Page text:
UK local elections: Liberal Democrats take Tory strongholds

May under pressure to quit as Conservatives leader after losing more than 1,000 seats

British prime minister Theresa May was heckled at the Welsh Conservative party conference, as early results showed that voters had punished the Conservatives and Labour Party in local elections.

 

Vince Cable has hailed his Liberal Democrats party as “the big winners” of the local election, with the party gaining hundreds of seats and a series of councils.

With 232 of the 248 councils tallied up, the Lib Dems had won 1,179 seats, a net gain of 571 in an election set to be Mr Cable’s swansong in charge.

At that point in the counting, the Conservatives had lost 1,048 seats, and Labour 72, while the Greens had gained 153 seats and independents 183.

However, the Liberal Democrats’ success should be put in the context of disastrous results the last time the same areas were fought.

Among the areas taken were the traditional Tory stronghold of Cotswold district council, where they overtook the Conservatives to become the biggest single party, winning 18 of the 34 seats.

Arguably more striking was Bath and north-east Somerset, where the Lib Dems gained 23 seats to easily overturn the previous Tory majority, winning 37 of the 59 seats – including the home ward of Tory Brexiteer MP Jacob Rees-Mogg.

As the results came in, Mr Cable opted to travel to Chelmsford in Essex, where his party overturned a previous 45-seat Conservative majority, amassing a net gain of 26 seats, while the Tories lost 31.

The party also gained Winchester, Vale of White Horse, Hinckley and Bosworth, North Devon and North Norfolk. They also took the newly-formed authority of Somerset West and Taunton, formed by the merger of two other councils.

‘Big winners’

Mr Cable told celebrating Liberal Democrats activists that the result reflected a “story across the country”. He said: “The Lib Dems were written off at one point but we’re coming back very, very strongly. We’re the big winners of the night throughout the country.”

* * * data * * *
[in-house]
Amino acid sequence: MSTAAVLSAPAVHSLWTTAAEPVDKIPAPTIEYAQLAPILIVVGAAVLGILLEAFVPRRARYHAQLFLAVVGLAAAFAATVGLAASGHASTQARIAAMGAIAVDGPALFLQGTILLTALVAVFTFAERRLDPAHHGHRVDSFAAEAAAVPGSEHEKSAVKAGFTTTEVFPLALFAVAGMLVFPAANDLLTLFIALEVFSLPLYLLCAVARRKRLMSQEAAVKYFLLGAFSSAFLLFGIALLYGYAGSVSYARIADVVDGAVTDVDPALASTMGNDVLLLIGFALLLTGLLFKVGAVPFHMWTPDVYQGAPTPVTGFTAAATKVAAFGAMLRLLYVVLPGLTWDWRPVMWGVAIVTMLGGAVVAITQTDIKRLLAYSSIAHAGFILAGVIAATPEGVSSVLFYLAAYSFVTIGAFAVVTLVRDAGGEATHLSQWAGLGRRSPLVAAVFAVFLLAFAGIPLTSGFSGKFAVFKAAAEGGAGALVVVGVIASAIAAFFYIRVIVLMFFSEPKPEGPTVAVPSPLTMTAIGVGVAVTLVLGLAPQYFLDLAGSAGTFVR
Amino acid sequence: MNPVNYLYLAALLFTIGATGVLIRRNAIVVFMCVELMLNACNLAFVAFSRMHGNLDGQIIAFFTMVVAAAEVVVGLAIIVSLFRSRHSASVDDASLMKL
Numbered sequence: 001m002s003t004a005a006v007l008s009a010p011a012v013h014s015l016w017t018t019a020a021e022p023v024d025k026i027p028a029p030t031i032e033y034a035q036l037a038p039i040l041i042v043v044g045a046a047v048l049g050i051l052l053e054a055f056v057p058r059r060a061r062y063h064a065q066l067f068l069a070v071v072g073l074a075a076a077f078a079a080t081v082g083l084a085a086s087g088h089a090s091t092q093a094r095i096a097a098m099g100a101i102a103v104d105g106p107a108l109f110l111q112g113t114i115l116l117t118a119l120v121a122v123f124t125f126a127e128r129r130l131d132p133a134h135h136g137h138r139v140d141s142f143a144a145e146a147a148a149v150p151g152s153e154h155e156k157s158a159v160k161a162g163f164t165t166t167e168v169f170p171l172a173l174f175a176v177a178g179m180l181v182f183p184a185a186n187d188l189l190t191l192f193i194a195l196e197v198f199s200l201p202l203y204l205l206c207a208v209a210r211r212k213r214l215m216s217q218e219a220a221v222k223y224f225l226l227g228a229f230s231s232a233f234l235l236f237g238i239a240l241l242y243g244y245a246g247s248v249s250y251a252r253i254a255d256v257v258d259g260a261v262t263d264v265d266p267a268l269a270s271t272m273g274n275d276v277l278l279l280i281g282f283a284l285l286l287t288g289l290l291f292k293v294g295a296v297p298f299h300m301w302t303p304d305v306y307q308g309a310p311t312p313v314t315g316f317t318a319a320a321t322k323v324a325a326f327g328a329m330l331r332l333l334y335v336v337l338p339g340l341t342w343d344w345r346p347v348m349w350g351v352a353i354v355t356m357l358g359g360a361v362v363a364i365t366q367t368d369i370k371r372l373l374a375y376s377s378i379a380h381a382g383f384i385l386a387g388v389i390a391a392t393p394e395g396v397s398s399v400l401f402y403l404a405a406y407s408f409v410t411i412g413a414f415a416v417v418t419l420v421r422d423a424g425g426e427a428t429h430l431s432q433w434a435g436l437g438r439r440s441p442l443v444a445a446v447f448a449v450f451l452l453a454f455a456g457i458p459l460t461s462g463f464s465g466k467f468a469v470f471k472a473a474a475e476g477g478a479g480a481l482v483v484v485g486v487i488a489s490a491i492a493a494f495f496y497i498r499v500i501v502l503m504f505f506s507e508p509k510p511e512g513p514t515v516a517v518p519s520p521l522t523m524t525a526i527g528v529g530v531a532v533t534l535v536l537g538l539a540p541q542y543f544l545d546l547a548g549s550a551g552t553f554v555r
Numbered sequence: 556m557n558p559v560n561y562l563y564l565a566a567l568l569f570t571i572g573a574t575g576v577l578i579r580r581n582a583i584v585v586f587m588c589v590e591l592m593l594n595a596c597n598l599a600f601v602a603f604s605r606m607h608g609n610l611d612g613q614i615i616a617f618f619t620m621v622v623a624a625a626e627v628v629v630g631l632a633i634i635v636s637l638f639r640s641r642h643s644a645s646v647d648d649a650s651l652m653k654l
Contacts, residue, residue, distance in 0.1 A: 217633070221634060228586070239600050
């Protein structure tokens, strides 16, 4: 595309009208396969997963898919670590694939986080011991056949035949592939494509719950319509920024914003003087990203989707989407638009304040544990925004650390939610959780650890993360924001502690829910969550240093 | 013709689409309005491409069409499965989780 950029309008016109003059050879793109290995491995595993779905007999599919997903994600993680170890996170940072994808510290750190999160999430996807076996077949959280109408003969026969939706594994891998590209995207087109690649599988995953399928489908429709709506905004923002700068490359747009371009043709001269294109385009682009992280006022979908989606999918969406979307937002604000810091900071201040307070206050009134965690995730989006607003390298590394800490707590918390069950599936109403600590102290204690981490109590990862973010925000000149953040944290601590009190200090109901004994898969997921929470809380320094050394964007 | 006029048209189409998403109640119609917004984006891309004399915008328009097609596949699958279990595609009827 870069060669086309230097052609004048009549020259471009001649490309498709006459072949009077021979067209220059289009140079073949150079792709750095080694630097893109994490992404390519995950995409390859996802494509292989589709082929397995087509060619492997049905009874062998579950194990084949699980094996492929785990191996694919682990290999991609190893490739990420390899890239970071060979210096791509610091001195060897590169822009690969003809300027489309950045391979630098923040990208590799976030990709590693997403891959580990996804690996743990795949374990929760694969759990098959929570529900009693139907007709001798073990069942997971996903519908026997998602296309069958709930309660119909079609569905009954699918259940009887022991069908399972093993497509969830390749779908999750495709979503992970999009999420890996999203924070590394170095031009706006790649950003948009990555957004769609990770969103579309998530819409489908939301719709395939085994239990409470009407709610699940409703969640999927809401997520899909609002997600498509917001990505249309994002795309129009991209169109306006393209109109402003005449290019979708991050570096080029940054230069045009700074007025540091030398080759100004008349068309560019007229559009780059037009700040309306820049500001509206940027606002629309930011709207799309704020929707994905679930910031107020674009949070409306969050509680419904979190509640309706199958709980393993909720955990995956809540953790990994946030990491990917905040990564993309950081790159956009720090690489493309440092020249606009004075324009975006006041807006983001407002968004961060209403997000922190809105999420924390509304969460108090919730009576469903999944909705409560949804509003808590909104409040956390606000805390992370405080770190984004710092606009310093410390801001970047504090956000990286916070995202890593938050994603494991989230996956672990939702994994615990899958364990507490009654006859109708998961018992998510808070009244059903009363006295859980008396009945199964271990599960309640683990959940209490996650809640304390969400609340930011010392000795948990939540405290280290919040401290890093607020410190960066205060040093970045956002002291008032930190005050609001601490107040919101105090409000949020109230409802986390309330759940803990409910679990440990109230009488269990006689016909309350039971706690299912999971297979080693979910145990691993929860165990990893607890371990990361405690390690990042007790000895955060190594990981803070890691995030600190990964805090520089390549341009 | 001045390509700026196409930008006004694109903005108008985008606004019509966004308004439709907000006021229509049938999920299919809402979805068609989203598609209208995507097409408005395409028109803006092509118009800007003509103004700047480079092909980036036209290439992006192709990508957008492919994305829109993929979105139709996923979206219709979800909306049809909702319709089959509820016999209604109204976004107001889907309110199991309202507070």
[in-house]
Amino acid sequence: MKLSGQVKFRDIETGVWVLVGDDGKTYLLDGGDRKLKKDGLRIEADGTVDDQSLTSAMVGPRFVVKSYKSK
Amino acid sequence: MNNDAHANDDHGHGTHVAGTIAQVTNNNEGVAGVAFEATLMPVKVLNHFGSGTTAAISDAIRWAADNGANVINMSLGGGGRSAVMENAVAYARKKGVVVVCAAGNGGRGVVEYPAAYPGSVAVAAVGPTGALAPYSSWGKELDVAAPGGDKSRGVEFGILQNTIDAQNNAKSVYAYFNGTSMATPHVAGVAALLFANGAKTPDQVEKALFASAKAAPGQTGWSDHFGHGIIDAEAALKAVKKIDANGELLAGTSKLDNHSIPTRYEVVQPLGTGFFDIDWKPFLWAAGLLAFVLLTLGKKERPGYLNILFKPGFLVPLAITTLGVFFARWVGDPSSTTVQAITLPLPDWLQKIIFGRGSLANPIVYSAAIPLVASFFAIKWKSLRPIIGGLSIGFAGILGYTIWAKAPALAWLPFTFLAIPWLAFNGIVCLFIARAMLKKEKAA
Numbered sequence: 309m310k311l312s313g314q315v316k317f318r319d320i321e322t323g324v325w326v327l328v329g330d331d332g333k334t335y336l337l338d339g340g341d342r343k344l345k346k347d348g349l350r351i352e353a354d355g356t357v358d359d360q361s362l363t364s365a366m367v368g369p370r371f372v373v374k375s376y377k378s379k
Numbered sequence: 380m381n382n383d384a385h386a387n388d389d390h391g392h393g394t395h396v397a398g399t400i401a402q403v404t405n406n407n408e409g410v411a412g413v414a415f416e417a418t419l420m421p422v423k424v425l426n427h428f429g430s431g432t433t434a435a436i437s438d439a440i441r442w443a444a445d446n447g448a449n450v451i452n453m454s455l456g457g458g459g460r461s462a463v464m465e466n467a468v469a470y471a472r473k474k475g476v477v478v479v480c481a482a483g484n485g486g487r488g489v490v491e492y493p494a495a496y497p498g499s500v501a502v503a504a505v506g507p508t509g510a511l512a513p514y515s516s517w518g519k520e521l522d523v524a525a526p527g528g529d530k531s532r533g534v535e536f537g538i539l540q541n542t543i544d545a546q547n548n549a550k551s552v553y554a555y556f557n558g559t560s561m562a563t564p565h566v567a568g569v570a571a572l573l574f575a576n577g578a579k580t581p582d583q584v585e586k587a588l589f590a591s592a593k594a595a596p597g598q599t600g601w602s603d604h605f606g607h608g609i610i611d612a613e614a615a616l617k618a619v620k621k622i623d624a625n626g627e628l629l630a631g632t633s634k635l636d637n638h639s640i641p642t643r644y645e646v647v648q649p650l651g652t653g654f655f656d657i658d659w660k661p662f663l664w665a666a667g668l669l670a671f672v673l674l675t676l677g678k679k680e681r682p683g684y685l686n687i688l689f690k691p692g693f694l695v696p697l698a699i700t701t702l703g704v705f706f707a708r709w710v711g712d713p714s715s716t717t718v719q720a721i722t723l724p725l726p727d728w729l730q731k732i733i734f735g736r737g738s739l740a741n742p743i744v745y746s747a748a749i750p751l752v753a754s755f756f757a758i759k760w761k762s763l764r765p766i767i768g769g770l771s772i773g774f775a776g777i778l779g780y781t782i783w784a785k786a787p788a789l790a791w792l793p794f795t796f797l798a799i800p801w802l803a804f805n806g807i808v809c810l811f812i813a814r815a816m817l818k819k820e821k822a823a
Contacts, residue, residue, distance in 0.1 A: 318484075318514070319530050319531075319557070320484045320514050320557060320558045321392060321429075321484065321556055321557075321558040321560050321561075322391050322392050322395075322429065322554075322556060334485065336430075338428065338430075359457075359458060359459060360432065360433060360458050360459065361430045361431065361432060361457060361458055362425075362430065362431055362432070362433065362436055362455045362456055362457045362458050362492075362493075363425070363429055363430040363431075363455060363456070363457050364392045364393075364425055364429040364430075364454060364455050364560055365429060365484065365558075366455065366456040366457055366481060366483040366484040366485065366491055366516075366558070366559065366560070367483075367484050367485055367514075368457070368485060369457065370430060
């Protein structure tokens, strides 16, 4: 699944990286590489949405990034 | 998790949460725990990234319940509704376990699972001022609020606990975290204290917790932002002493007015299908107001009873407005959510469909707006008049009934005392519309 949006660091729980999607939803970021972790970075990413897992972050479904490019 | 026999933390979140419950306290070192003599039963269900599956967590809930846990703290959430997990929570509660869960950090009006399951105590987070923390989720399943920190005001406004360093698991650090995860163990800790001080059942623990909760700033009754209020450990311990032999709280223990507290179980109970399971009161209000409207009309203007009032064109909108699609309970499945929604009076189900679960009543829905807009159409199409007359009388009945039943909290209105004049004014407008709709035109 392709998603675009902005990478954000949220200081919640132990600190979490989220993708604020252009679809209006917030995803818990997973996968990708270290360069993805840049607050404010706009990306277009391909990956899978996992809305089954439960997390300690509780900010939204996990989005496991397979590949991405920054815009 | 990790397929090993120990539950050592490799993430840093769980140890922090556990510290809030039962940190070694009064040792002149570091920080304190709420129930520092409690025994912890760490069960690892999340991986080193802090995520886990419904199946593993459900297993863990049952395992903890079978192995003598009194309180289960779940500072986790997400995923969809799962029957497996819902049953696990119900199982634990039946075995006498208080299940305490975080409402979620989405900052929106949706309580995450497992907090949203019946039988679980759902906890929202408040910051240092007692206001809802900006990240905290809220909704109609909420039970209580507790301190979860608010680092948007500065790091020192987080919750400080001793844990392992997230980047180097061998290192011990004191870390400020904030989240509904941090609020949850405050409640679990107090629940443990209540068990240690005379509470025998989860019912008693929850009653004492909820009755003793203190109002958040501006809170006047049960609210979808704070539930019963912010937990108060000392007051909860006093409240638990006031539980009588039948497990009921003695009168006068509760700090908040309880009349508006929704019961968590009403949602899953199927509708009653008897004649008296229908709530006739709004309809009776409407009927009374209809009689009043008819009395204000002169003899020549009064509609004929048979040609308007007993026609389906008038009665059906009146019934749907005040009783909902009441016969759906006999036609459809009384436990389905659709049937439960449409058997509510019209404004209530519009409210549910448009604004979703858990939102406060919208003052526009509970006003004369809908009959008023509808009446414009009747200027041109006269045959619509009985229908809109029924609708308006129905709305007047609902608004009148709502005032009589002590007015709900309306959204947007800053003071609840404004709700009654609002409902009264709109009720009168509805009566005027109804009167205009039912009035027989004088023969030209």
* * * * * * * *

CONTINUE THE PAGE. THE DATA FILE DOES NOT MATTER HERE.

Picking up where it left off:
Mr Cable added: “Today’s Lib Dem surge is a springboard to the European elections, where we are clearly the strongest remain force on the ballot paper. Every Liberal Democrat vote on May 23rd will be a vote to stop Brexit. ”

However, the result seemed to have a broader impetus than just Brexit, with analysis showing the party only did slightly better in remain-voting areas than those which supported leave in 2016. Chelmsford, perhaps the most dramatic Lib Dem gain, supported leave in the referendum.

The other context is that the Lib Dems had been widely expected to gain seats given than the last time the same councils were fought was May 2015, when the party was being roundly punished by voters following the Conservatives-Lib Dem coalition.

Then, the Lib Dems lost more than 400 seats and four councils. In the general election on the same day the party slumped from 57 Westminster seats to eight.

Under pressure

Meanwhile, Conservative councillors and MPs have called for prime minister Theresa May to step down after the party lost more than 1,000 seats.

Council leaders called for the prime minister to consider her position while others said they had made gains despite the government’s paralysis since the 2016 EU referendum. A heckler interrupted Mrs May as she gave a speech in Wales, saying: “Why don’t you resign? We don’t want you.”

The Conservative group leader, Tony Berry, said it was a “very unusual set of circumstances” because of Brexit and “professional politicians who are basically working for themselves rather than necessarily what is best for the country”.

Delivering a message to the prime minister, he said: “I would ask her to consider her position very carefully.”

In Bath and North East Somerset, where Tory losses included the council leader, Tim Warren, who said councillors had been “given a kicking for something that wasn’t our fault”.

Asked whether there needed to be changes in leadership or policies at the top of the party, Mr Warren replied: “There needs to be a change in action.”

Other home counties losses for the Conservatives include Basildon, Southend-on-Sea, Folkestone & Hythe, St Albans and Welwyn Hatfield.

A succession of pro-leave Tories called on Friday morning for Mrs May to step down. The MP Crispin Blunt said the party needed to replace Mrs May with a new leader.

“I’ve been trying to get her out openly since December. Lots of people are trying to get the message over.”

Good news

In a rare piece of good news for Mrs May, the Conservatives took control of Walsall council after winning seats from Labour, having run the authority for a year without a majority.

The council leader, Mike Bird, said they had won “despite” the Conservative government and Theresa May.

“She hasn’t helped us make any gains at all – far from it – we made the gains despite the prime minister,” he said.

Despite some predictions that Jeremy Corbyn’s party could pick up three-figure gains, Labour were unable to capitalise on the Conservatives’ struggles. Labour was down more than 70 seats, though it did have the consolation of restoring control in Trafford for the first time sine 2003.

Mr Corbyn said there was now a “huge impetus” on every politician to “get a [Brexit] deal done . . . Parliament has to resolve this issue. I think that is very clear.”

One crumb of comfort for Mr Corbyn was a stroke of luck in Bradford where Labour’s Kausar Mukhtar was elected ahead of the Green Party’s Matt Edwards after the drawing of lots. – Guardian/PA